High above the glass ceiling

CLUED-IN! Radhika Aggarwal at her office in Gurugram  

Radhika Aggarwal


At 8.30 p.m. on November 8, when Prime Minister Narendra Modi announced the demonetisation of Rs.1000 and Rs.500 notes, Radhika Aggarwal swung into action. She quickly put her two sons to sleep so that she could take the 9.30 p.m. call with her leadership team. “We were about to roll out an initiative to help merchants with digital payments in a couple of months. But the announcement meant that the company had to launch it in 48 hours, and we did it,” narrates Radhika, the co-founder and chief business officer at, one of India’s leading retail portals. Through its Capital Wings initiative, the company facilitates flexible low-interest working capital (short-term) loans to the retailers in small towns.

For Radhika, entrepreneurship is not defined by gender. “Women are more equipped for entrepreneurship because it is about multi-tasking, it is like tossing multiple balls in the air and juggling them at all times. And we are better equipped to handle such situations. Apart from that the challenges remain the same. Whether it is genesis or execution of idea or raising funds and scaling up the company, the challenges remain absolutely the same.”

Authoritarian, she holds, is not the only leadership style. “The same argument can be turned around to say that men don’t have empathy or their emotional quotient is not at par with women. In building an organisation, empathy is as important as an authoritarian streak.”

Some feel empathy can wait at the stage of creation, as when nuts and bolts are being put together one needs to be decisive and cut throat. “Women are natural creators and natural nurturers. Most of the women I know are good at that and are quick decision makers. We take quick decisions every morning when we send our kids to school. It can easily translate in boardroom as well.”

As for the support system, Radhika says male entrepreneurs need as much support from their spouses.

Radika looks after the consumer and marketing side of the company and is responsible for the clutter breaking ads of the company, which unlike its competitors don’t believe in making too much noise. “From the beginning we had clear idea that we are going to be a marketplace for the masses. The tagline is where real India shops. We always wanted to focus on middle class tier-2 cities and focussed on the unstructured categories.” The company famously sold cow dung with havan kund for Diwali puja. “It was about living to the idiom yeh mall nahin hai, market hai, good for the pocket hai.”

Radhika says one should not underestimate Bharat at all and that e-commerce is the way to go. “In India the most popular retail site is not Flipkart of Amazon, it is Indian Railway Catering and Tourism Corporation’s portal. They have no cash on delivery. It is all about e-payment. So Bharat will catch up. We could not take landlines to villages but most Indians now have access to mobile phones,” she reasons.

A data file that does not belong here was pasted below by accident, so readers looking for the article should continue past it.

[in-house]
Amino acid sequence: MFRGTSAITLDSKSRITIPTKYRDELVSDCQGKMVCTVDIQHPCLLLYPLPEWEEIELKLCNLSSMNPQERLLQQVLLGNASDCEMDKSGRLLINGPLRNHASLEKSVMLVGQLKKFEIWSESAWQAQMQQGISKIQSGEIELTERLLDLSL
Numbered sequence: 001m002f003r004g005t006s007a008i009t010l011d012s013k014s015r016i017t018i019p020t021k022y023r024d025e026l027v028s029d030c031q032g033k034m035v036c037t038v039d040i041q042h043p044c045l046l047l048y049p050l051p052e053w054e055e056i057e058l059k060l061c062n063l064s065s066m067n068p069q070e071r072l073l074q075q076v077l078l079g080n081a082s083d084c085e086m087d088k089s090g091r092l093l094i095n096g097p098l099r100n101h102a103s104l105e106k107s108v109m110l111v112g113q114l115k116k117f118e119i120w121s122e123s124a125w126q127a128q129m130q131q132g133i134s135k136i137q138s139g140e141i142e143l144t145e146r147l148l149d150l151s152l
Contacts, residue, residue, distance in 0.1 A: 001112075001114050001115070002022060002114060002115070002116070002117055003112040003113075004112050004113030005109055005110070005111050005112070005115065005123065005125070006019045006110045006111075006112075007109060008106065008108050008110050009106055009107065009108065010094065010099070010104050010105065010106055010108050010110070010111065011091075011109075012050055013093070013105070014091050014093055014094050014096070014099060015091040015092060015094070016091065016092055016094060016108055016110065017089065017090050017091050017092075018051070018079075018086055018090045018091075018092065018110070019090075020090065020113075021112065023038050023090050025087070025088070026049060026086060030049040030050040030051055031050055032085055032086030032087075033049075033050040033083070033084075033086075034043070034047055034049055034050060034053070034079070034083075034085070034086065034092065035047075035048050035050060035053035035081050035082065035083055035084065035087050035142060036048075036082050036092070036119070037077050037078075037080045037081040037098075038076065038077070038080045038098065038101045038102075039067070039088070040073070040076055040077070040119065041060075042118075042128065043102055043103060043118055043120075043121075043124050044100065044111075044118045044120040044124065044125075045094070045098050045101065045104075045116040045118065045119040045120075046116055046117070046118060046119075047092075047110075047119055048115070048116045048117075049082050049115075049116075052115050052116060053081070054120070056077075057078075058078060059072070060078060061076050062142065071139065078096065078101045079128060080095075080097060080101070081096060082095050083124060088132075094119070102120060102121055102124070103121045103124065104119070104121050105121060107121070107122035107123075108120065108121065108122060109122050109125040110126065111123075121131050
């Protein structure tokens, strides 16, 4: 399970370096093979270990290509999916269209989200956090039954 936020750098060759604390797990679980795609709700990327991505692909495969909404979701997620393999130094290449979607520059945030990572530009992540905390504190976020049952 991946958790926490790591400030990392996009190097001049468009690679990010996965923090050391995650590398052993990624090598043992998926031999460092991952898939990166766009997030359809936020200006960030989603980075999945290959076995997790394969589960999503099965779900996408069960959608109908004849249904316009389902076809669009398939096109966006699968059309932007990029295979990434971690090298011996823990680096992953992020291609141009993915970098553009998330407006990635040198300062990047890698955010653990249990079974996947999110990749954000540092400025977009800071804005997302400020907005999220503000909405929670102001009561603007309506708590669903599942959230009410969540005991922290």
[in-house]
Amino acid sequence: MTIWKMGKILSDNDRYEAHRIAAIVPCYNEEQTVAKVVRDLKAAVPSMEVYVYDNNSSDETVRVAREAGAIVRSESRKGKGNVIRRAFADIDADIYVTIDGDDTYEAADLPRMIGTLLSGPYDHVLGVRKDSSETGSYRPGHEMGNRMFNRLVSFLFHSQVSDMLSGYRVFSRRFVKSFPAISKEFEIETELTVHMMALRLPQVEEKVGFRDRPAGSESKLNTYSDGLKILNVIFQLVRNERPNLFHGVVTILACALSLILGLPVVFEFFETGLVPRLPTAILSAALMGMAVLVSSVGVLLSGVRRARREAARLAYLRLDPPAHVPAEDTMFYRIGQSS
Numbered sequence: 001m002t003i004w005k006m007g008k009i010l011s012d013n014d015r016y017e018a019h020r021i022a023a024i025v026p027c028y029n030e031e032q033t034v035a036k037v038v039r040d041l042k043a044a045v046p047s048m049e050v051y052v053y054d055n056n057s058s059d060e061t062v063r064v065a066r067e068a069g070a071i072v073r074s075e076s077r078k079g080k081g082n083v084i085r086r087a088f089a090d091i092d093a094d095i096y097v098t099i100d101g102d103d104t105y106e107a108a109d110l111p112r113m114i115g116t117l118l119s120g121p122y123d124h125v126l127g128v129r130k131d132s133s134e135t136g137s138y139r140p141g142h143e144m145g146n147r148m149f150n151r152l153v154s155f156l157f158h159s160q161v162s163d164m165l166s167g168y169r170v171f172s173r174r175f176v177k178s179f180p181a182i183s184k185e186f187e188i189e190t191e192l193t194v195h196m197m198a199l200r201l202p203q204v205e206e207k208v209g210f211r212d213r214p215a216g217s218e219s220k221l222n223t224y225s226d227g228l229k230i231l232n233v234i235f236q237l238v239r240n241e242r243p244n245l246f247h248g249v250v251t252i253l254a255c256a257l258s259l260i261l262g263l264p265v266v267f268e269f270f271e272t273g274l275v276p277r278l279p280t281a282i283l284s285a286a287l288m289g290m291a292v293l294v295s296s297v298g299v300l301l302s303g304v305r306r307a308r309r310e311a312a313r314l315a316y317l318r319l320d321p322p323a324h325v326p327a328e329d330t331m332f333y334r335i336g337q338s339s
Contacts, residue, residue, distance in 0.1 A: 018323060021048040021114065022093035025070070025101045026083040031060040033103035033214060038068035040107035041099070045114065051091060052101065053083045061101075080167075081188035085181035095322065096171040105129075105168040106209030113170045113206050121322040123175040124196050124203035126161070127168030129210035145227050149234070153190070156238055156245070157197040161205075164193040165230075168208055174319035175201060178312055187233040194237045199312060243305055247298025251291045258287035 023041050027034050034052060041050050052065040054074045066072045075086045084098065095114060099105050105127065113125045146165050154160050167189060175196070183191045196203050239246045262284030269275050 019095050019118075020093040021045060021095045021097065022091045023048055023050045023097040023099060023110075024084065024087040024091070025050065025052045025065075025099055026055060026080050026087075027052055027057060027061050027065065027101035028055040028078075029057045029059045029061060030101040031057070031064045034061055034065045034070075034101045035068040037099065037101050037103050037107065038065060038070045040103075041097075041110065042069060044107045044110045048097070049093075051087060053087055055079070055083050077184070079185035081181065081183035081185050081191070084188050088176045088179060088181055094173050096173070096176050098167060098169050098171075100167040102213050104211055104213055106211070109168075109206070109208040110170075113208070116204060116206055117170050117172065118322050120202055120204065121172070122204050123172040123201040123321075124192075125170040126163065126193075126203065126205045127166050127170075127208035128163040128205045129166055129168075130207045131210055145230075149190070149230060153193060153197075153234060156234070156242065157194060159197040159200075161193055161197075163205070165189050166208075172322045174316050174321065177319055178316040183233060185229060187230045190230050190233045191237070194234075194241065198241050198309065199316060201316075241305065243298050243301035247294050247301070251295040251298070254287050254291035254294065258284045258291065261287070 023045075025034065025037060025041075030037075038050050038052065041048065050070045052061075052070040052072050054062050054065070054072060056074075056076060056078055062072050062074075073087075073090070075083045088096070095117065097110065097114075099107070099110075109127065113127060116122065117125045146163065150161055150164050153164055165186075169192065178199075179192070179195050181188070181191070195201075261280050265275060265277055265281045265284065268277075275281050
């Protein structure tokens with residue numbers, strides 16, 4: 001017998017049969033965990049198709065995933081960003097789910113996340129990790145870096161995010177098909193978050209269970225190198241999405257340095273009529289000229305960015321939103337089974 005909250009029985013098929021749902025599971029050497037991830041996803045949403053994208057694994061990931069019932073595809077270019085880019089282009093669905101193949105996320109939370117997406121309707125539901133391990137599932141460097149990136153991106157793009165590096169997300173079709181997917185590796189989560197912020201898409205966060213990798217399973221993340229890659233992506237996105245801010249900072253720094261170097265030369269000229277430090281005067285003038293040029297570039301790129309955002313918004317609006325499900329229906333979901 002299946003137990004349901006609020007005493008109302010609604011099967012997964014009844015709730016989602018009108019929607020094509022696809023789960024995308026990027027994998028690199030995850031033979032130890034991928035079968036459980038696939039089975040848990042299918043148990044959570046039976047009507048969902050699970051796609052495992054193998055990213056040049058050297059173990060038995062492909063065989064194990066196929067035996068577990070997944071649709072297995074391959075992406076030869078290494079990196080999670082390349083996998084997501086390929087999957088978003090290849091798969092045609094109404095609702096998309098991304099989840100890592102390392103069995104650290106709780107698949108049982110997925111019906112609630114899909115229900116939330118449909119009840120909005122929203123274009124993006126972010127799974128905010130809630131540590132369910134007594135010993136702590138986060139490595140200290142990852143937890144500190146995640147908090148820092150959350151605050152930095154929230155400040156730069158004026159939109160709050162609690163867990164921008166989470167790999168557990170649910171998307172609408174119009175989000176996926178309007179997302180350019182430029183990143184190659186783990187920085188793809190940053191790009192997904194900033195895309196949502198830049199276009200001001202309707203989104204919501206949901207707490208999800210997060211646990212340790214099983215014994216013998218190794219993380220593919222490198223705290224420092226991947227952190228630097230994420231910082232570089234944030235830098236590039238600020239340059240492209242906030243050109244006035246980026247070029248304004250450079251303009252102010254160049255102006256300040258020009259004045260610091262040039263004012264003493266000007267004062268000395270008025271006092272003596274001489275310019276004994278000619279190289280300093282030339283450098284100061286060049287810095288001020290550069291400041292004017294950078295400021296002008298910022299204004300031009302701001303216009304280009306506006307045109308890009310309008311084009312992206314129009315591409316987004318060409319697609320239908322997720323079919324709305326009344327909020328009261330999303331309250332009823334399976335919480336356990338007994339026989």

She agrees Indian consumers take time to trust. And perhaps that’s why ShopClues started with something as ubiquitous and affordable as a key chain. “That’s how you make your first purchase and that how we make our first customer. This was one of our initial strategies. Now we ship products to most parts of the country. Indian consumers are ready to try new things.” It is just that they believe in aur dikhao aur dikhao! “Exactly,” she laughs.

Radhika, who studied in Indore before moving to the U.S. likes to take credit for building a sustainable, empathetic organisation which has very high level of emotional quotient. “There is lot of flexibility in the working hours for employees. Some female members of the team come for only 3 to 4 days a week. As long as the job gets done, I don’t mind.”

Her role model is her father, who quit a defence job to start his own company, and her husband Sandeep Aggarwal who founded ShopClues. “My father started at the age of 40 and Sandeep is founder of two successful start-ups. I also started with a fashion start-up based out of the U.S. but it crashed.” So, failure is also part of the game? “Of course, one of the challenges with women entrepreneurship that needs to be called out is that there are very few role models available. It is time consuming and energy consuming. You have to ensure that you have enough energy left to play other roles. Whenever I meet other women entrepreneurs, I ask what time you go to office, what time you get out, how do you manage the kids. I don’t think there is any discussion on work-life balance. The most important thing in all this is that you be present where you are present and give it your full. That is something we forget many times. You have to be intuitive about where you are needed the most. When I am home I switch off my phone and am with my two sons. But many times, I have to get back to the laptop. And I don’t mind it.”

The biggest lesson, Radhika says, is don’t give up. “Show up every day. Half the time, entrepreneurs fail when they stop showing up. It is a lonely ride. So celebrate every small win that you have.”

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Printable version | Jul 23, 2021 8:45:42 PM |

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